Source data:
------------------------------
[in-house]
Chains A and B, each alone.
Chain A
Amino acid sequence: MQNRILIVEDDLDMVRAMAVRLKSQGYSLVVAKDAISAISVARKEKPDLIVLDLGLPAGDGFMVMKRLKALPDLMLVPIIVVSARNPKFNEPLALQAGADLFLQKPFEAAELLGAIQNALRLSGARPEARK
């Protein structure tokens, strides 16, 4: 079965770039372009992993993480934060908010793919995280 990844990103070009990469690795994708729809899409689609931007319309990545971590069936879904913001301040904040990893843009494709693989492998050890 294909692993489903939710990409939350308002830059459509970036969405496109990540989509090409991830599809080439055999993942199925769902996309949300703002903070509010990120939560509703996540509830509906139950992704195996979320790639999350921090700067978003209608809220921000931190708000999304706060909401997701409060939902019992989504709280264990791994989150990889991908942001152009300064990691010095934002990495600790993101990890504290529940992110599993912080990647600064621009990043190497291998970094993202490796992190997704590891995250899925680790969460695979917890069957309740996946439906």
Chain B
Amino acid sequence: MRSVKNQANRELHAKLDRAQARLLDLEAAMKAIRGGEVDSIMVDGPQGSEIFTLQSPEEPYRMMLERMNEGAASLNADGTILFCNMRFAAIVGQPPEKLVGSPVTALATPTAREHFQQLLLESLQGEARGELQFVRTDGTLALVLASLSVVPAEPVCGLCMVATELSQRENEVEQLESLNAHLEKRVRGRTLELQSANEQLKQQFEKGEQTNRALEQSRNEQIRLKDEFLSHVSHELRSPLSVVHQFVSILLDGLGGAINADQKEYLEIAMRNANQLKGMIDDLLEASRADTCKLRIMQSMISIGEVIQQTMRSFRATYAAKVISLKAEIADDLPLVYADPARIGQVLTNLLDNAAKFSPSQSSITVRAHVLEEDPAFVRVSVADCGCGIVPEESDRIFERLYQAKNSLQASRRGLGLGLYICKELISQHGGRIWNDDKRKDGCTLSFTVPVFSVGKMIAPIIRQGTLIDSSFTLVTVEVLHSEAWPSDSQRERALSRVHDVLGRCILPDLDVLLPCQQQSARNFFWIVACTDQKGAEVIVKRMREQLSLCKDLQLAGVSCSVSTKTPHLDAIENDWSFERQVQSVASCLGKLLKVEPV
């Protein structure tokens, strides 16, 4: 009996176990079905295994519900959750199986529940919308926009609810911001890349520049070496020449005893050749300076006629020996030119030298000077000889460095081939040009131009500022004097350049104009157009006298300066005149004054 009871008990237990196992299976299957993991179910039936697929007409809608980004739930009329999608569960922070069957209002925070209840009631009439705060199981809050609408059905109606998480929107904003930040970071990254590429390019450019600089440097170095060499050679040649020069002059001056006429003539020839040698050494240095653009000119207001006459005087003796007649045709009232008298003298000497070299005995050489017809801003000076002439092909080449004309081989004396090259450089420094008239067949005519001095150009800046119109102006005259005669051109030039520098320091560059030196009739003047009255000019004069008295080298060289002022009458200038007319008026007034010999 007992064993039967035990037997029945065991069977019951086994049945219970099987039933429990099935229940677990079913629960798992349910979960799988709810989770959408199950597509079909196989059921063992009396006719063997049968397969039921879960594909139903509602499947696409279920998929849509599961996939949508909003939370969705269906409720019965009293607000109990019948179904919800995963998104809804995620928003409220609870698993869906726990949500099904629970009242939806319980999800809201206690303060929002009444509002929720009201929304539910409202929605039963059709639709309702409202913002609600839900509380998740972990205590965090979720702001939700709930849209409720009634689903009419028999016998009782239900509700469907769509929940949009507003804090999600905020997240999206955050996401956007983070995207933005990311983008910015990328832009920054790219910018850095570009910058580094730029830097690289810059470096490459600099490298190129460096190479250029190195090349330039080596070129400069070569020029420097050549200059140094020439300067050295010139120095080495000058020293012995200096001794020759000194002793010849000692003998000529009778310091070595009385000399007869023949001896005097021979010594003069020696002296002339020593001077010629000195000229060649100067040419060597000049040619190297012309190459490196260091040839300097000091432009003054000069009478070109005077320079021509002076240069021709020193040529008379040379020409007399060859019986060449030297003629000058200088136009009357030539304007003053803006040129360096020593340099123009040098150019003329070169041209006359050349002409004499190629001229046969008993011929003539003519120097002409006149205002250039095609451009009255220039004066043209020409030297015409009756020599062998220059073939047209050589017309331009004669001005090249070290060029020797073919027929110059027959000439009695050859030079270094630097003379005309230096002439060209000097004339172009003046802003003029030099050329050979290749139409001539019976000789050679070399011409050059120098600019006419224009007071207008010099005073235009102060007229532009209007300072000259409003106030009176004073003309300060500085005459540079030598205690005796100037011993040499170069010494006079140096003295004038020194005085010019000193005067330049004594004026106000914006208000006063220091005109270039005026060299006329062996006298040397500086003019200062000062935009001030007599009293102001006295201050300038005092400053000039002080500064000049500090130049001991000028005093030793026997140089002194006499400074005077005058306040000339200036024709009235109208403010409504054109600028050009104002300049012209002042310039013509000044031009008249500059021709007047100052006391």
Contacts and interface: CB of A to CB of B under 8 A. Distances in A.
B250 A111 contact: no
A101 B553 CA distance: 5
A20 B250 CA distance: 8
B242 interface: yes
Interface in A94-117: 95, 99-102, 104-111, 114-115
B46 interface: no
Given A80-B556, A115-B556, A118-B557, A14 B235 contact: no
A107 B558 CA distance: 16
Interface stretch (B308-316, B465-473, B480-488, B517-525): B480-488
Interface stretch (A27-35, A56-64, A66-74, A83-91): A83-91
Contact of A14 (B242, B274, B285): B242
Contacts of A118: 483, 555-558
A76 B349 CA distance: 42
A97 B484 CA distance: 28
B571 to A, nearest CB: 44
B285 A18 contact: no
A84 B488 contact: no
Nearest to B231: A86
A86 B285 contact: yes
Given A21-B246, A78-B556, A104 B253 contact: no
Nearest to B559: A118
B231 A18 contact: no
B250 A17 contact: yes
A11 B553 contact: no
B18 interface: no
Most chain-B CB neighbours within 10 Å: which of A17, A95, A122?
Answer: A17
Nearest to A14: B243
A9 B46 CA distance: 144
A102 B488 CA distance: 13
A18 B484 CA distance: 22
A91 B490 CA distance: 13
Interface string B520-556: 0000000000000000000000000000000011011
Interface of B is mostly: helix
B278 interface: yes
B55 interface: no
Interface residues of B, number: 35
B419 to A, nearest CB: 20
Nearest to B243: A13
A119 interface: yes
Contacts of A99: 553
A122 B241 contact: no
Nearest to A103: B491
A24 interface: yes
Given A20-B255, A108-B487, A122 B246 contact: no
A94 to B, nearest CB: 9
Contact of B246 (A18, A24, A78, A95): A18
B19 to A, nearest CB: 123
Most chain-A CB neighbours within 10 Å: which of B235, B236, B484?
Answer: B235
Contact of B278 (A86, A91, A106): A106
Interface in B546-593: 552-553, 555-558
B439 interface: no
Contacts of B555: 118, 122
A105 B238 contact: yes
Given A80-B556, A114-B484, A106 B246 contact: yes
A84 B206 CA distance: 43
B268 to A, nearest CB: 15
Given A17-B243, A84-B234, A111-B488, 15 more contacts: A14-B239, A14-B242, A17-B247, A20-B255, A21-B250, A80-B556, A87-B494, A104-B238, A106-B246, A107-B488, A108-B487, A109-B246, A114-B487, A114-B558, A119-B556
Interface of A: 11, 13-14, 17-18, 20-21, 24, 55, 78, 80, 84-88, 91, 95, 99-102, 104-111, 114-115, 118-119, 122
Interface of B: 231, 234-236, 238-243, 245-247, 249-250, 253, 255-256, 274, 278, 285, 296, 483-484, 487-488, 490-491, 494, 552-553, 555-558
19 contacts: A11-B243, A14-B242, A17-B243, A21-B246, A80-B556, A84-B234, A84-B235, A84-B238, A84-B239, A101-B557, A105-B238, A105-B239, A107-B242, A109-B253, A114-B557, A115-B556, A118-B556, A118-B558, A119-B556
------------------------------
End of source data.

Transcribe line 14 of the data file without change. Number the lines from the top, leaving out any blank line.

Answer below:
Interface in A94-117: 95, 99-102, 104-111, 114-115